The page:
blood forthcoming. From anywhere. I had nothing to do with the housing crisis. I was an easy target for politicians, for prosecutors, for pundits, and for Bharara, who had just been handed leadership of the Southern District of NY, including a mandate for bringing Wall Street under control. I was a successful and expendable hedge fund manager who employed just 250 people. We obtained an overwhelming amount of information on a daily basis and my trading was 100 percent consistent with the written recommendations of my analysts. In all cases, I had a preexisting position in the stock before allegedly receiving the “tip.” In 2009 and even today, insider trading laws are murky at best and often (intentionally) misinterpreted by prosecutors. The government painted our systematic, well-researched investing as being criminal. Theirs was an overreach of enormous proportions to show that Wall Street fat cats were being brought to justice. If I am guilty, then the entire investment business should be declared illegal.
As the Wall Street Journal noted insightfully,
“Under standard rhetoric, the public is somehow cheated by all this, but the standard rhetoric is nonsense. The public isn’t damaged because another party wants to sell or buy (and most hedge funds strive to make sure their trading doesn’t affect prices anyway). But a cynic might note one thing: insider trading law provides a bottomless reservoir of (supposed) financial ‘crime’ for Washington to investigate whenever it needs a Wall Street prosecution to flounce in front of the press.” 1
As a child, having gone to boarding school in a foreign country at the age of eleven, I learned quickly and early to be a fighter, a scrapper. This is a blessing and a curse. Over the years, I have learned that you don’t always have to fight. The kindness of many people has defanged and
disarmed me to a large extent. However, when people try to take advantage of me, I have to respond. I don’t back down. And I am fortunate to have been blessed with the mental fortitude and financial resources to fight for my innocence. Too many people do not have these things. They plead guilty to indictments they cannot challenge. In my experience, about 10 percent of the inmates at the prison in which I spent seven and a half years were innocent.
When I was researching the Justice Department while in prison, I came across a paragraph that struck a chord in me. Unfortunately, I did not write down the name of the author or the source. “Criminal punishment is the greatest power that governments use and wield against their own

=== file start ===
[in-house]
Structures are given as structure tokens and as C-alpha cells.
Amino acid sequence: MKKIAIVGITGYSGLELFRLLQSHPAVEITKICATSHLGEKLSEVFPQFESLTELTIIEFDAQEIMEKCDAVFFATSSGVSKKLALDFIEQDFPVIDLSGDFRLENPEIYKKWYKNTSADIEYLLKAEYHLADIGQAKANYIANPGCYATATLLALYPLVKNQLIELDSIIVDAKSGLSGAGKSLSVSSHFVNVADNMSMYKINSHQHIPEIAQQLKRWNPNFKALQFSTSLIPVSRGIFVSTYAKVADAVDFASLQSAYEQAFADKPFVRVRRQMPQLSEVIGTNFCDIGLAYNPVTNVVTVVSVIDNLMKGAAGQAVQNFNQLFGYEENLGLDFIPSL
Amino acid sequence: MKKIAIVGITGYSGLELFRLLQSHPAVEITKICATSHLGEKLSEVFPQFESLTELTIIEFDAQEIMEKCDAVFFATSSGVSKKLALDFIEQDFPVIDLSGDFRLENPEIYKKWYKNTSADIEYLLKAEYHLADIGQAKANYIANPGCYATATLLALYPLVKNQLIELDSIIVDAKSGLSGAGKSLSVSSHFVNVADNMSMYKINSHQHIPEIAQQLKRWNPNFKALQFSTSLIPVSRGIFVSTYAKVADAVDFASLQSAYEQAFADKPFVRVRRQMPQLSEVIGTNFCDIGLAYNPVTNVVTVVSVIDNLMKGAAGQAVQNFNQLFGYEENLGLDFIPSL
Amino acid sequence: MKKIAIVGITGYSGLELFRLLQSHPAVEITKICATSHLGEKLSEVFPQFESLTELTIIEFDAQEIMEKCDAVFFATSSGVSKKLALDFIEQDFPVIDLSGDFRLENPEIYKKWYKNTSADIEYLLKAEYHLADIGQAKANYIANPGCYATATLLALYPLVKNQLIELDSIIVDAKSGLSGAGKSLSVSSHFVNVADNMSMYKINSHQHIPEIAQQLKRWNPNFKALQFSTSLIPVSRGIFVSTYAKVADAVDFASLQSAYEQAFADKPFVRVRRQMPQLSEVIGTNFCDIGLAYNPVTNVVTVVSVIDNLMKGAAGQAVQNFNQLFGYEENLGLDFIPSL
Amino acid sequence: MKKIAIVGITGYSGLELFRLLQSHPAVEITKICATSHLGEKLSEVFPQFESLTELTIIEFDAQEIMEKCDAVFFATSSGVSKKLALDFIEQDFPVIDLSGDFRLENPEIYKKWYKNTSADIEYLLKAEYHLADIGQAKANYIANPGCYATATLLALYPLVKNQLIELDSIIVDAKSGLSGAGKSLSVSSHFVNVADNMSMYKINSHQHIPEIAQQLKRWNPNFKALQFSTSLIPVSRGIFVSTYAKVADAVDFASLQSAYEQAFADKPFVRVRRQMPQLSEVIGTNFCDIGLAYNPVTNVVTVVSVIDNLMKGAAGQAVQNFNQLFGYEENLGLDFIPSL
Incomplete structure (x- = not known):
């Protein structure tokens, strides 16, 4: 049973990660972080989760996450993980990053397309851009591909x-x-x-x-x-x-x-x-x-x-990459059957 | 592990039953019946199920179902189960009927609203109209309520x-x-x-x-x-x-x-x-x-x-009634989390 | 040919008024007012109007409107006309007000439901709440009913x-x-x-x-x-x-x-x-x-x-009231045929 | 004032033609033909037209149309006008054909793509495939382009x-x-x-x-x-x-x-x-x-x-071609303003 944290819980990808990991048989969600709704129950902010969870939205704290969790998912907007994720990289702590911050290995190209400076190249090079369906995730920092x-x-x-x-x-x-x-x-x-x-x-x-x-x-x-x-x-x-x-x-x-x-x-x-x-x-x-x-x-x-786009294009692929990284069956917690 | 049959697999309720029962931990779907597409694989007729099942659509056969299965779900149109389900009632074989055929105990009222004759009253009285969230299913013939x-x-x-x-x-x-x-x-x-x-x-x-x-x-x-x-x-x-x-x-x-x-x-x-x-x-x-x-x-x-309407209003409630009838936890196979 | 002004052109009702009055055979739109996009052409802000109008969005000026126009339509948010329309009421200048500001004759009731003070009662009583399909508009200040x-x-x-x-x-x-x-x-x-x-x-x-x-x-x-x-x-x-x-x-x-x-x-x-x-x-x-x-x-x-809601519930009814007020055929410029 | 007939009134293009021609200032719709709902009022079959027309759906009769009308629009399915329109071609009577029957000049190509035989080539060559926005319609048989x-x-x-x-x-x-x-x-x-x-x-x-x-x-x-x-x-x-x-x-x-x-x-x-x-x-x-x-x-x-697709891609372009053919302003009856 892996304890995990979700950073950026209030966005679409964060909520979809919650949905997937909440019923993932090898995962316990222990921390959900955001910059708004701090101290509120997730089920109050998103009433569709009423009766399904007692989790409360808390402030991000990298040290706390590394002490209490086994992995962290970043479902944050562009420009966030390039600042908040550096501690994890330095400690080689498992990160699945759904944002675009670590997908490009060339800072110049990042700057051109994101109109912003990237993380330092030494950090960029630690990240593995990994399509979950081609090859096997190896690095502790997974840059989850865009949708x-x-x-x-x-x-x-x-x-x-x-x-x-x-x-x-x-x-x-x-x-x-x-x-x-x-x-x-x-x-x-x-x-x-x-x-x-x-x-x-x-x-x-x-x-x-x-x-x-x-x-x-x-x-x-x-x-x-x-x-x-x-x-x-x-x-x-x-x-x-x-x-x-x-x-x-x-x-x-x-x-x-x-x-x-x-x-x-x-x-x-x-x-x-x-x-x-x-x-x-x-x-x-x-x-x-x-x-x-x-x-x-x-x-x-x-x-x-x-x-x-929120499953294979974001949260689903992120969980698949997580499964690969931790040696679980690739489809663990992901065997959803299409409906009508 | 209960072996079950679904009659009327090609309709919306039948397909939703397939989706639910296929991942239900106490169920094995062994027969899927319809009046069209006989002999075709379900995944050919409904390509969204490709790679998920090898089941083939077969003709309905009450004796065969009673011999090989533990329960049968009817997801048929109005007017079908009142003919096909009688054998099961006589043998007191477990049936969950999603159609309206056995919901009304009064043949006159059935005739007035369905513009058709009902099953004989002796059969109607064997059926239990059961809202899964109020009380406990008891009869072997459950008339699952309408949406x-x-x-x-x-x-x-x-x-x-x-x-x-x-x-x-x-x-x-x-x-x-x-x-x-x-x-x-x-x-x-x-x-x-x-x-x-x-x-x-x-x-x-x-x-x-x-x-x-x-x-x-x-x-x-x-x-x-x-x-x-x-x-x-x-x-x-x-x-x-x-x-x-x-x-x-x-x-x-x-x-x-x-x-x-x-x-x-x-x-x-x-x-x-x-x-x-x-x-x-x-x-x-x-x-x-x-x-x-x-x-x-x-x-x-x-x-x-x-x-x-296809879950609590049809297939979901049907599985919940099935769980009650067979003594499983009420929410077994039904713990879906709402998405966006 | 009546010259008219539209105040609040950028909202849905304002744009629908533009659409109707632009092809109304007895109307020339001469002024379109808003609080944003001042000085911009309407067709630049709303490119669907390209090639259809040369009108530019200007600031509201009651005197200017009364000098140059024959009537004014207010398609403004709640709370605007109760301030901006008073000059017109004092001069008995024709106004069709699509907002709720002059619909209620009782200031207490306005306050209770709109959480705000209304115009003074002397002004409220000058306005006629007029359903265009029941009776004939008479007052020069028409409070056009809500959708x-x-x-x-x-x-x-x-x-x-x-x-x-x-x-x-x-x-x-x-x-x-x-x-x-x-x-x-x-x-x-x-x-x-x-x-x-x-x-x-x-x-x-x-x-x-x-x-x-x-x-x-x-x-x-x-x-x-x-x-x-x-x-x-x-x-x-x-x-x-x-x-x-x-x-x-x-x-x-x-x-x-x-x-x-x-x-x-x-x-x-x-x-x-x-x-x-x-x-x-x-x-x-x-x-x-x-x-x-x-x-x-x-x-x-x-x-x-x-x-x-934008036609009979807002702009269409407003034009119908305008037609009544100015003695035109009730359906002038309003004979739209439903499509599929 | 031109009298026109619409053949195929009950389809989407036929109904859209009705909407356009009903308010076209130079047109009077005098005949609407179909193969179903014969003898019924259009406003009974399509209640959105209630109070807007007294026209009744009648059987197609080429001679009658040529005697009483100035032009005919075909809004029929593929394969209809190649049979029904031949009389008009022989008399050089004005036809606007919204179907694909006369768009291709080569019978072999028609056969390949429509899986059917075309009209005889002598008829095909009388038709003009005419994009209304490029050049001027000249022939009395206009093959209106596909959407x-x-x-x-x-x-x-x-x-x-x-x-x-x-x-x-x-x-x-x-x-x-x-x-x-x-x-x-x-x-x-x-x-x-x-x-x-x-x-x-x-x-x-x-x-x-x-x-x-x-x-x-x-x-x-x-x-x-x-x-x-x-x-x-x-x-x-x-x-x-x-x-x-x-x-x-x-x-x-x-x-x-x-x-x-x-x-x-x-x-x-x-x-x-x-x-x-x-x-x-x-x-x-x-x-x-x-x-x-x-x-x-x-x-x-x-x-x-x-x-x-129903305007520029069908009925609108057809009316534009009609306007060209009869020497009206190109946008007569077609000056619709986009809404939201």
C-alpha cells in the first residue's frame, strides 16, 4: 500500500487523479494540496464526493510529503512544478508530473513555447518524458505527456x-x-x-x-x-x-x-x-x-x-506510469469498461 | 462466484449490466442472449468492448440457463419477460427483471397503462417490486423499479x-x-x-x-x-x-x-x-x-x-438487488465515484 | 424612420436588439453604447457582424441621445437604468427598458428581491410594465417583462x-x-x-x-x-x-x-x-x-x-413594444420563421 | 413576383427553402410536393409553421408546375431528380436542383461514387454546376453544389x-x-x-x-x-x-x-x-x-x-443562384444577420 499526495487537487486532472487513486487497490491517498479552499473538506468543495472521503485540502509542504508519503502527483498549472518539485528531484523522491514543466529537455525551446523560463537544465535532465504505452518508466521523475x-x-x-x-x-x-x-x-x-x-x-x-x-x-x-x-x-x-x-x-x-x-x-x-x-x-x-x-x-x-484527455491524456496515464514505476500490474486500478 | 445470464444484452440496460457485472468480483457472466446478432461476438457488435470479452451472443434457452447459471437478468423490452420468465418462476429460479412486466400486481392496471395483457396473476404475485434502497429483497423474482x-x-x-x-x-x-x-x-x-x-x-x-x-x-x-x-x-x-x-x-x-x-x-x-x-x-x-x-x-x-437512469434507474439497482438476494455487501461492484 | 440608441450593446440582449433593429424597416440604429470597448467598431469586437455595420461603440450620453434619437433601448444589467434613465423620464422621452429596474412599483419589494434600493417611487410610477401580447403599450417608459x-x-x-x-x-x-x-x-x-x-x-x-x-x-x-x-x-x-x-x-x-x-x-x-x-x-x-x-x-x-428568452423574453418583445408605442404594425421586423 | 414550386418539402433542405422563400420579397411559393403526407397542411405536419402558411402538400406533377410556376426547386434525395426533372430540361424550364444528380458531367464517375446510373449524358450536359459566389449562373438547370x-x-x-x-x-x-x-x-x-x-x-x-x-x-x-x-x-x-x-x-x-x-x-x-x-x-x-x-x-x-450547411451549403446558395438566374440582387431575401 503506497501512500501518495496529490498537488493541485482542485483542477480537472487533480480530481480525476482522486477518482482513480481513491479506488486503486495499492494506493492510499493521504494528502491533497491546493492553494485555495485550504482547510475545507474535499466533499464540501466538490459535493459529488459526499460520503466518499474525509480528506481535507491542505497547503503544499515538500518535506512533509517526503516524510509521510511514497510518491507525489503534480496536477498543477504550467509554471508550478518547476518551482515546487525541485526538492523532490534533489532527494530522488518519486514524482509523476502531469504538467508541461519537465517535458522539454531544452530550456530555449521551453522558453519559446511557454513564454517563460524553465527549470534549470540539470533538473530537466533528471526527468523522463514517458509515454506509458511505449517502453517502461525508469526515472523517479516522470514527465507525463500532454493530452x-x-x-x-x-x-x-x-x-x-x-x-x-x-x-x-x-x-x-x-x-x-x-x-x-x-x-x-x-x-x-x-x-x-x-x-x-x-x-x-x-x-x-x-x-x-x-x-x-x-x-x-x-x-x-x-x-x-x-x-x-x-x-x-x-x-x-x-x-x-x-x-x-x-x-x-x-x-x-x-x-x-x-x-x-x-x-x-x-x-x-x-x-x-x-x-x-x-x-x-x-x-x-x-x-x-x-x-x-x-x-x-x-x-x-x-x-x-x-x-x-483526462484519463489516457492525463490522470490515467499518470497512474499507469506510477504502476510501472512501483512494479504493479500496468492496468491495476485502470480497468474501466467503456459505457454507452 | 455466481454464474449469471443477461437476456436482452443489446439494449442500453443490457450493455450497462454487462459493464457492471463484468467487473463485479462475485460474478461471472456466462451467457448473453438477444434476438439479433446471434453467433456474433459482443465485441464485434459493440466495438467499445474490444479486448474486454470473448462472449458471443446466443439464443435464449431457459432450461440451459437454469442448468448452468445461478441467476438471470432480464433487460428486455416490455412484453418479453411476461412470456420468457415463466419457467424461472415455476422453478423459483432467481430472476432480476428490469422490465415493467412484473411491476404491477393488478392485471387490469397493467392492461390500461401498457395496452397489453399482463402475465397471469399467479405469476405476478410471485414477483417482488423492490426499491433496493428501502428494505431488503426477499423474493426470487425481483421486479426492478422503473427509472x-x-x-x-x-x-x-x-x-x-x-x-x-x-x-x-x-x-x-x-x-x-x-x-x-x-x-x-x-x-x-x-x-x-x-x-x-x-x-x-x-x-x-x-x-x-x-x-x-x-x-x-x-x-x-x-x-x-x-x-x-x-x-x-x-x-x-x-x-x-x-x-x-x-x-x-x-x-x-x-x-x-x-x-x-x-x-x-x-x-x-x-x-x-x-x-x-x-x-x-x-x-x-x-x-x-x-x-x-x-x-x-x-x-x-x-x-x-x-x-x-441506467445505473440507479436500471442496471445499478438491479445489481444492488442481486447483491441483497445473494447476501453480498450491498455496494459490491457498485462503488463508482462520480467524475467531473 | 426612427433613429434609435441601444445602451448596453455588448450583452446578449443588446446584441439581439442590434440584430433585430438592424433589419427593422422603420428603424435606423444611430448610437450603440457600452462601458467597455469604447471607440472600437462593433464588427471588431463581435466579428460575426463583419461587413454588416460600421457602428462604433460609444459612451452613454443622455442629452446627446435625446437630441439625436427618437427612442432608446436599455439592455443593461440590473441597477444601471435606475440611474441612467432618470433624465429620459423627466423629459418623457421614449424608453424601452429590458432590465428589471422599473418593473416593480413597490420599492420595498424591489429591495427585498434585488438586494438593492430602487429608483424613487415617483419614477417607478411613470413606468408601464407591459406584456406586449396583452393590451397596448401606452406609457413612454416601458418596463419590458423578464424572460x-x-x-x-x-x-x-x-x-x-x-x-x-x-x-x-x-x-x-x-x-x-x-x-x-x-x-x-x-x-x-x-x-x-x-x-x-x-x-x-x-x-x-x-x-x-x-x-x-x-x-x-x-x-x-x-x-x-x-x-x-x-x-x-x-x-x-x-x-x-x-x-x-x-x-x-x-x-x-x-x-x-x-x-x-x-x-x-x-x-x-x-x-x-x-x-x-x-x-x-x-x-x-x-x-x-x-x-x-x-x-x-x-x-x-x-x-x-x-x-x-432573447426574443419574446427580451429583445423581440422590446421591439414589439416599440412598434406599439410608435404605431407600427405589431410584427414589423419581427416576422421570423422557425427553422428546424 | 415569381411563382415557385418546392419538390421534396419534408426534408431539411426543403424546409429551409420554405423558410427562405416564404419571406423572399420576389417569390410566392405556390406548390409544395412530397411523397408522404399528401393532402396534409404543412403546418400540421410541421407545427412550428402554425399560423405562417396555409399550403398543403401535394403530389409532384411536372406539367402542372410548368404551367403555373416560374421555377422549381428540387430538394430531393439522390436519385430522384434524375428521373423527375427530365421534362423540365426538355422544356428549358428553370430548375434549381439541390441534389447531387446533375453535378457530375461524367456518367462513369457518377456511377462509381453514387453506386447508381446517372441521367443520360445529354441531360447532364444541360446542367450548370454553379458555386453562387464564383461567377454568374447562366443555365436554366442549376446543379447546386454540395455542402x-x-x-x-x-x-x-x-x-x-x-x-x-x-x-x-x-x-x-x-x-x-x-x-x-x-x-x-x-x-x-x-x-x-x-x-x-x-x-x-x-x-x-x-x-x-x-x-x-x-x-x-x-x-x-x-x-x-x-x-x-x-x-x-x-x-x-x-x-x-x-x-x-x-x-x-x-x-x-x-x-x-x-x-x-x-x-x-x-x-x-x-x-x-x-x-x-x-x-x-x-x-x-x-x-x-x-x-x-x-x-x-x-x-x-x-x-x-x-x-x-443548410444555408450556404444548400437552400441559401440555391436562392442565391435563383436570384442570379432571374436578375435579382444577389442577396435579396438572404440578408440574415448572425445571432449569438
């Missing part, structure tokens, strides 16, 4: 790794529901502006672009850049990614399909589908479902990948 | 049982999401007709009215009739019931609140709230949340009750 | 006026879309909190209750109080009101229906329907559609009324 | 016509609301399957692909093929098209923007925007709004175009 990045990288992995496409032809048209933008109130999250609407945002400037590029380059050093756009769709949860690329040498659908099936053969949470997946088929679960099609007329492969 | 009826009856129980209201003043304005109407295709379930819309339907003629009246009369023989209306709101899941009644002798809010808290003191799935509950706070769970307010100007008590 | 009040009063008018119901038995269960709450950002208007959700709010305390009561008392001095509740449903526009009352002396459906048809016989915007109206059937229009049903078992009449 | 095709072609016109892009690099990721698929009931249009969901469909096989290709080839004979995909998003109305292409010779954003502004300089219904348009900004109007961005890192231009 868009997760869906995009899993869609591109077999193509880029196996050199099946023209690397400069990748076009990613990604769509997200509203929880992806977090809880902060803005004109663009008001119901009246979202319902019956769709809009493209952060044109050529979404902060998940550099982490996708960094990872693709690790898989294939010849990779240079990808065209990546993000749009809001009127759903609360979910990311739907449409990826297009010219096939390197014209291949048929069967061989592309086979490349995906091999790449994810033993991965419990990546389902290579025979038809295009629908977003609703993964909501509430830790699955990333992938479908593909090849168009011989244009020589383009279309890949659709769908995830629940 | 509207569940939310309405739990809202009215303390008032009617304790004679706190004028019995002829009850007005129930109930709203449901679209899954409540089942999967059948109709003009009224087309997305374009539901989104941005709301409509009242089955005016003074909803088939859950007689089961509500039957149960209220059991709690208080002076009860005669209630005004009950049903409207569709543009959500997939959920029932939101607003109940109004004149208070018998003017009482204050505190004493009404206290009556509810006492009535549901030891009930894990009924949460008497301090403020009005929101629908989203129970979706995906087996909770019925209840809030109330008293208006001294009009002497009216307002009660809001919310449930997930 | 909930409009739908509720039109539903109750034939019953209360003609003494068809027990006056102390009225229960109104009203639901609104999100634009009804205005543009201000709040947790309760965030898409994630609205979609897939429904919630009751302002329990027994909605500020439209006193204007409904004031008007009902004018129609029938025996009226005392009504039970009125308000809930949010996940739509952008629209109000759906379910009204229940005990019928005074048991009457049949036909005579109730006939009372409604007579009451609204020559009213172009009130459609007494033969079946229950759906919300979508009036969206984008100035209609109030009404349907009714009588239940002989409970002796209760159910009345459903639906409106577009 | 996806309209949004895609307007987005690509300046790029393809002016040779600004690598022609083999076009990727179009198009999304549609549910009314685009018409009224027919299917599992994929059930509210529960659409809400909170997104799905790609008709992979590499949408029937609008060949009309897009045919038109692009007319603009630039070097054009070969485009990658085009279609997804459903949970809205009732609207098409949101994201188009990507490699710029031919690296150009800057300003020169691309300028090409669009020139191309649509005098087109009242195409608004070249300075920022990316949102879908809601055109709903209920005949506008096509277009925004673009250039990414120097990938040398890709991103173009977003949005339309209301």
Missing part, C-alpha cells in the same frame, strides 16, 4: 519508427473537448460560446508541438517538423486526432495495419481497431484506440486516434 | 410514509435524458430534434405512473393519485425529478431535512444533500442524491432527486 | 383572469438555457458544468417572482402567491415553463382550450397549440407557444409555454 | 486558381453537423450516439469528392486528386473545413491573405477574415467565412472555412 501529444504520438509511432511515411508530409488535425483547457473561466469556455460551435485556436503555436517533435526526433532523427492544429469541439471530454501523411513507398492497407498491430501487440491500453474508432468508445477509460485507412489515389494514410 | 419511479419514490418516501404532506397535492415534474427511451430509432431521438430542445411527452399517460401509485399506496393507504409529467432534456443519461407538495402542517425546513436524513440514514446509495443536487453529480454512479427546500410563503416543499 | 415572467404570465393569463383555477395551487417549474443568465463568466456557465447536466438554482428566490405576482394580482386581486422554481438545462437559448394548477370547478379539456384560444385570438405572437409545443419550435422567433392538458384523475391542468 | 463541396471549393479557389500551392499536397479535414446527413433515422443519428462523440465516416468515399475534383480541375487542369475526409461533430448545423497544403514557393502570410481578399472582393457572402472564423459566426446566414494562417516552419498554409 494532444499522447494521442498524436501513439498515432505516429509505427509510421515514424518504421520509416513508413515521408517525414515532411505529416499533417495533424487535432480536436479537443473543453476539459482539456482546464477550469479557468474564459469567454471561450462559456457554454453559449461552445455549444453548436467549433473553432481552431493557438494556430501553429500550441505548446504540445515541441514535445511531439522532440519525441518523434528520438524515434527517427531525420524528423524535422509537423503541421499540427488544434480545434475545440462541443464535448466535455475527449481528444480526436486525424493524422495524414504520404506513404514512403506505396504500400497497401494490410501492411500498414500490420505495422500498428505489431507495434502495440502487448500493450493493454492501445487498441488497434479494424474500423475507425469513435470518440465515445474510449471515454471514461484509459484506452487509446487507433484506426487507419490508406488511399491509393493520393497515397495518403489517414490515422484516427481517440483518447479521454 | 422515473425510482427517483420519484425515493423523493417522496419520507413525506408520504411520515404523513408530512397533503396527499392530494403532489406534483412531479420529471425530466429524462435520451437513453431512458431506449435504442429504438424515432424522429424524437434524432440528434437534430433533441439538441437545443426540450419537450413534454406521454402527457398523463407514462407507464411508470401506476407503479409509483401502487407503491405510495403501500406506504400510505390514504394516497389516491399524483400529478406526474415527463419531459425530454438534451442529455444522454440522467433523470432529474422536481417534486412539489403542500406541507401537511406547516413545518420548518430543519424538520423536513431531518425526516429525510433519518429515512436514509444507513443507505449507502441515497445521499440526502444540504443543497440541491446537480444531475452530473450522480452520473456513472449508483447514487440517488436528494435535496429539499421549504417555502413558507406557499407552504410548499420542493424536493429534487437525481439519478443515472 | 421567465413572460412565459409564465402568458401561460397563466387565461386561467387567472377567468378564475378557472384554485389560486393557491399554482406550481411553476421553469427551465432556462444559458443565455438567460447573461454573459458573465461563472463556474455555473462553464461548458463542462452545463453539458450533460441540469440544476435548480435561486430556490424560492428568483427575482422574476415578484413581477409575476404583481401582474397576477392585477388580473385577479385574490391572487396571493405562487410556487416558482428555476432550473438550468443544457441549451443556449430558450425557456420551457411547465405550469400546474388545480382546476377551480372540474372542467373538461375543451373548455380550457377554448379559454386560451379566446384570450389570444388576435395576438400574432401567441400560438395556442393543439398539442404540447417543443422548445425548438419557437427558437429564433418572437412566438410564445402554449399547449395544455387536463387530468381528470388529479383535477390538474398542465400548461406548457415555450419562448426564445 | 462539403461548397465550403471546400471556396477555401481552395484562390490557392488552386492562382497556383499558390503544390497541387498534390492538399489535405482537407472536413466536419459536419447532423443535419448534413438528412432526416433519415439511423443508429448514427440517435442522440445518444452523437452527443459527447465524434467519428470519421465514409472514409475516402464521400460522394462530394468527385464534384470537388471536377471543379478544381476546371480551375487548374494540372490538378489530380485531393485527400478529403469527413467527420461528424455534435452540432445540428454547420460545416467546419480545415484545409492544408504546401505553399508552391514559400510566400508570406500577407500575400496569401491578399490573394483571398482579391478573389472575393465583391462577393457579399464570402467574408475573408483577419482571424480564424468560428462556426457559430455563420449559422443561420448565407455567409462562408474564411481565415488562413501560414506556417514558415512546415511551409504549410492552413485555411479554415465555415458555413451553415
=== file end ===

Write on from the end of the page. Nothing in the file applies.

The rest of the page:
people. When employed justly and appropriately, it is vital to any safe and productive society. But when employed aggressively based on vague laws and personal agendas the criminal justice system unnecessarily destroys lives, livelihoods, and families.”
Oddly, my experience of the law has left me without rage or a sense of victim hood. Although I would never say I am grateful for the experience, I can say with confidence that I like myself better because of it. When I finally broke
through the wall of despair, I realized I had gained a
sense of peace and awareness that had opened me up and cracked me free. I realized how incredibly strong the human mind is and that nothing can beat a person who refuses to be beaten.
Finally, I want to say that despite what happened to me as a result of a corrupt prosecutor, I love this country just as much as I did before I went to prison. I feel truly blessed to be one of the 5 percent of the world population who live in America. I do not see people lined up to immigrate to China, Russia, or Japan, for example.
As I reflect on my circumstances and my past, I’m confident that if God had arrived at my doorstep—with a crystal ball—when I was eleven and told me, “Raj, I will give you the wife and children you see here, these friends, ensure that both your parents live long and happy lives, and give you also the ability to help the less fortunate, but you need to sacrifice about seven years of your life,” I would have taken that deal in a New York second.
I feel very fortunate.
I am very fortunate.
1 “Is Title III Dead? The Future of Wiretap Challenges in the Wake of Rajaratnam,” The
Champion NACDL, September/October 2013